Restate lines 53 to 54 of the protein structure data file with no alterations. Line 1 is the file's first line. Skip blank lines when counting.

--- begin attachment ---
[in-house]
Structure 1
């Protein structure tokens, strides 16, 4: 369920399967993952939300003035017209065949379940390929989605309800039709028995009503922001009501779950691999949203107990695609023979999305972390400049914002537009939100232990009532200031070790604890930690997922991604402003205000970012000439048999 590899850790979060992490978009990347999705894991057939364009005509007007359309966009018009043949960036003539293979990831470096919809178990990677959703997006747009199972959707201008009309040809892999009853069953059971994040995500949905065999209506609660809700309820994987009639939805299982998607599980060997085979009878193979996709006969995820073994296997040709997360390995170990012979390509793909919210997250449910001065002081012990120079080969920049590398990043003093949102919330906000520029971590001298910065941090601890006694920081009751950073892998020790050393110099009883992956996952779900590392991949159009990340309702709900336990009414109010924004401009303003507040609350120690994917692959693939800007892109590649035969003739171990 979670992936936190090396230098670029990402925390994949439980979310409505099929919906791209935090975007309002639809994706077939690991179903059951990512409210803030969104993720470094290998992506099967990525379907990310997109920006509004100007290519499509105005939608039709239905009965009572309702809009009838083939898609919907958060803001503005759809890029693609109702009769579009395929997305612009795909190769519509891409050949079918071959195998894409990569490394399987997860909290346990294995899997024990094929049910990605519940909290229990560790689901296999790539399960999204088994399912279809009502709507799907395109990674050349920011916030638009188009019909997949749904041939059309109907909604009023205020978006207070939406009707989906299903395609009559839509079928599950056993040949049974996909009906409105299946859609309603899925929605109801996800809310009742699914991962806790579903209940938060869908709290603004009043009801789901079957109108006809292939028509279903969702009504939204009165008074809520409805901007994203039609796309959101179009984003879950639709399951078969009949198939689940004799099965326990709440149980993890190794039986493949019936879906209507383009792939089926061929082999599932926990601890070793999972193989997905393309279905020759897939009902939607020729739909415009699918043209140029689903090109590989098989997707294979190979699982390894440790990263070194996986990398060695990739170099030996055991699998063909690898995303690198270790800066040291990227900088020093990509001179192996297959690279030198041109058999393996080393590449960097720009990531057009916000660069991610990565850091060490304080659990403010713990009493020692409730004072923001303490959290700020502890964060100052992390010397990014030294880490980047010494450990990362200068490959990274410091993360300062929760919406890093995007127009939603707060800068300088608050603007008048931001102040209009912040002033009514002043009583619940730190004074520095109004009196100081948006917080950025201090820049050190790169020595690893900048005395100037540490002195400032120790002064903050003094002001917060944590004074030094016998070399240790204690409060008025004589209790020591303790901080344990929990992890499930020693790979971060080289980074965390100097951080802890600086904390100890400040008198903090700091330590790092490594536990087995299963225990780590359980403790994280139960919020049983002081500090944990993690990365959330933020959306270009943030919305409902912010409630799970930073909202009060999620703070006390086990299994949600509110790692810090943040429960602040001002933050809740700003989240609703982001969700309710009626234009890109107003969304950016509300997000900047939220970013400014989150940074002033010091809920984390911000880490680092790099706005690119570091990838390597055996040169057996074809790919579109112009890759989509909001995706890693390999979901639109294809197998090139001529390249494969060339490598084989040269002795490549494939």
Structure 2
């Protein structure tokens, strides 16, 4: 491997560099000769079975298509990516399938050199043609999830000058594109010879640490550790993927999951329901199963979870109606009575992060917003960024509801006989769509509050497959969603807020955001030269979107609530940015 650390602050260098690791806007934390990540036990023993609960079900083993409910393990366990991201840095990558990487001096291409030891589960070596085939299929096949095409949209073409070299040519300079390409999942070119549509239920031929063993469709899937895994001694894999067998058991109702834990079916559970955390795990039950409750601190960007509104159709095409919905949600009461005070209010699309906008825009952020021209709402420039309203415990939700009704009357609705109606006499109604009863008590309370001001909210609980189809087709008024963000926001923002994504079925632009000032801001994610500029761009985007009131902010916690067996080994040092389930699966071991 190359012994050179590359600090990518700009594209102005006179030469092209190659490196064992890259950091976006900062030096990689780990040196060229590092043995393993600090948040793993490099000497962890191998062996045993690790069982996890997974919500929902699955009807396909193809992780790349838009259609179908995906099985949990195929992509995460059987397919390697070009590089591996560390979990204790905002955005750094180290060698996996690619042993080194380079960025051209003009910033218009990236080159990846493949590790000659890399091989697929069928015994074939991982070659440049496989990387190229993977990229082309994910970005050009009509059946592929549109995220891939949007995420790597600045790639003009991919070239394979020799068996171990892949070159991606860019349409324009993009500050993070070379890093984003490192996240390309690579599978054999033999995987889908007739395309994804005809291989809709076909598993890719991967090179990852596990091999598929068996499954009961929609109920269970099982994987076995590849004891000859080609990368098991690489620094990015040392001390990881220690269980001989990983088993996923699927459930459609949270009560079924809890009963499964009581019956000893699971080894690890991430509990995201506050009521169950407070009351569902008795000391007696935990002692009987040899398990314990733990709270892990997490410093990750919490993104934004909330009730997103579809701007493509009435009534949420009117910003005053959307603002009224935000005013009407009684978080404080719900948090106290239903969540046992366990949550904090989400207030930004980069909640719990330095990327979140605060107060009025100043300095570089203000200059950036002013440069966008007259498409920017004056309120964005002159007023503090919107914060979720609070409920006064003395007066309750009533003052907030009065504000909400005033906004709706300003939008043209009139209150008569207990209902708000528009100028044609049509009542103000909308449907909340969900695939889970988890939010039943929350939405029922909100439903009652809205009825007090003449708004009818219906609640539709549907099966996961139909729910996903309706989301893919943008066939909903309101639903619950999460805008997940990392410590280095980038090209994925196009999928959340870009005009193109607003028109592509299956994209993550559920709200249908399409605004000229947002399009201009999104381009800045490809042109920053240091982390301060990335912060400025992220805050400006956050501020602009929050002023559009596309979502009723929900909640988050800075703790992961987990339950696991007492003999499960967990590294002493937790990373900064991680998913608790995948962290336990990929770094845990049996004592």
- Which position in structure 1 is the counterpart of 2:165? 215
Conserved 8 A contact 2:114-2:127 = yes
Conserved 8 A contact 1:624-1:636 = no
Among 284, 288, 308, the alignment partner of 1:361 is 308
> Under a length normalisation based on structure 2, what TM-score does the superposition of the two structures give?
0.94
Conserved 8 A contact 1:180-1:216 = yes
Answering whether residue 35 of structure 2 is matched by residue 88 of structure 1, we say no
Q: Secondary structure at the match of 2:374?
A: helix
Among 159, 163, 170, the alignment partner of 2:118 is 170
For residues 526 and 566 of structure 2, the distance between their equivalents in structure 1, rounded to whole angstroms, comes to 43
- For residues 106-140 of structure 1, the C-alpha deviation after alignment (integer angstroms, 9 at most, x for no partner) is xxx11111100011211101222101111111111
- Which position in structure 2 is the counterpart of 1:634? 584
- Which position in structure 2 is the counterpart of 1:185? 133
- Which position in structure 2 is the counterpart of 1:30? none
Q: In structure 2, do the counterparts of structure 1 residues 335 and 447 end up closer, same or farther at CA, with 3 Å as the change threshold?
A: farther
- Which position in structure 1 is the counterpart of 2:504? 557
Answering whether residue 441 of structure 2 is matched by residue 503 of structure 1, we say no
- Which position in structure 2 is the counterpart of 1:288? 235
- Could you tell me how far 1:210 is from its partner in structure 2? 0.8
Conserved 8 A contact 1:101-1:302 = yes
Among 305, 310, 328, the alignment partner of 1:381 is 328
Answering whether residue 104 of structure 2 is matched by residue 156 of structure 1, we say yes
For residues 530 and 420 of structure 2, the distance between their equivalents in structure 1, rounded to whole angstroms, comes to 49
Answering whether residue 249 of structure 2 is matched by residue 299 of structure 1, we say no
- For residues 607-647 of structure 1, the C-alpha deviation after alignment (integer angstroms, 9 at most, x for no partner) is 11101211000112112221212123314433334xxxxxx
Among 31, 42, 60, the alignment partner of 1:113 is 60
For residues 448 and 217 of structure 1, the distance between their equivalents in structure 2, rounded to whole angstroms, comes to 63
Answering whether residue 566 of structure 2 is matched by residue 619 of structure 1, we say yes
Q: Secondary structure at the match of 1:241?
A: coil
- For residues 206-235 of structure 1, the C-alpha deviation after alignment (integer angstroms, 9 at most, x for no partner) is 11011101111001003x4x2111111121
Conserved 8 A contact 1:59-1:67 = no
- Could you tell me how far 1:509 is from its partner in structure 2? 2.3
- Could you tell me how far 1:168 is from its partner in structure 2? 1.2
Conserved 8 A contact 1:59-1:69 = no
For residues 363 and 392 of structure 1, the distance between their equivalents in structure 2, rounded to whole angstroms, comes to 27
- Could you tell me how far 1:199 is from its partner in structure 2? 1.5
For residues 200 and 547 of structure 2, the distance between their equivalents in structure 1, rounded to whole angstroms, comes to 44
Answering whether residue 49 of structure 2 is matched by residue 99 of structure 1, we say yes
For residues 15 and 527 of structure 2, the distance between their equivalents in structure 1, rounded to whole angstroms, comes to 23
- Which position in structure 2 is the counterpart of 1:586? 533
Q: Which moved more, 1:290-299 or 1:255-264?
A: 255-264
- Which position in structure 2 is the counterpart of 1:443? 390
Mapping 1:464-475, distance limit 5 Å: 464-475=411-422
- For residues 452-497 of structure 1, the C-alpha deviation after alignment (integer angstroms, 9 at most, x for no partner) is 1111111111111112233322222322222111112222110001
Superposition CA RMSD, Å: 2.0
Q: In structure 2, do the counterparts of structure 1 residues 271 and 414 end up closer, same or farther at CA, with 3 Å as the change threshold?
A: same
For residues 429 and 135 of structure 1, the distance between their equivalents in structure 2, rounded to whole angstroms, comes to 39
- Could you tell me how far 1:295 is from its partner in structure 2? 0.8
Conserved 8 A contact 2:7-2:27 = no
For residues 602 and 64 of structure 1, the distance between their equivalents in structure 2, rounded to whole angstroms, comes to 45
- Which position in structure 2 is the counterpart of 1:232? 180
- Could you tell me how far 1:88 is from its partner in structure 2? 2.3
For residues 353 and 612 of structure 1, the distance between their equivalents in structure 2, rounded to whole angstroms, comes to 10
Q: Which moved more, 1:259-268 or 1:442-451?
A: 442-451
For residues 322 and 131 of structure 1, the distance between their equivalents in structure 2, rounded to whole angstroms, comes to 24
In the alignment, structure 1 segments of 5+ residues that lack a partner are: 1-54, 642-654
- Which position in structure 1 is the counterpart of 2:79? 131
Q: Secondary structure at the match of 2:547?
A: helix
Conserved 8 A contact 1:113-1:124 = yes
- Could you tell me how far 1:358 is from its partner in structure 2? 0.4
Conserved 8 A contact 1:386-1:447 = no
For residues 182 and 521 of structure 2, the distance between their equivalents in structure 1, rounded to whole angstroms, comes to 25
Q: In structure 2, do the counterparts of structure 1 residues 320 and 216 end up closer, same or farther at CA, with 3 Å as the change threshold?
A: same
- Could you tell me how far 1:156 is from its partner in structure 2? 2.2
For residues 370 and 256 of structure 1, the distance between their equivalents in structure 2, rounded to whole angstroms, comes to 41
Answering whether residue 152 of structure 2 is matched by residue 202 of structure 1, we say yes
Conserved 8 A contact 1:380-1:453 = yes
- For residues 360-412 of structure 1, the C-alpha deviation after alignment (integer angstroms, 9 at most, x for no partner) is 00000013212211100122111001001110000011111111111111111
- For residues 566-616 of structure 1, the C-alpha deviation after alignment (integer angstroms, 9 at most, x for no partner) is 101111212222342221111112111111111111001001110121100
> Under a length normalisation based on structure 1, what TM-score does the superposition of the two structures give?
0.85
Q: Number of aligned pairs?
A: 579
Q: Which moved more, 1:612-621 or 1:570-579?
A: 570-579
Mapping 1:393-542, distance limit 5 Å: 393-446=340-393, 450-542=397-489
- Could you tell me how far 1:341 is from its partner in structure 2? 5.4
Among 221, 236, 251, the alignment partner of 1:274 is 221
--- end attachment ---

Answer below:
Mapping 1:464-475, distance limit 5 Å: 464-475=411-422
- For residues 452-497 of structure 1, the C-alpha deviation after alignment (integer angstroms, 9 at most, x for no partner) is 1111111111111112233322222322222111112222110001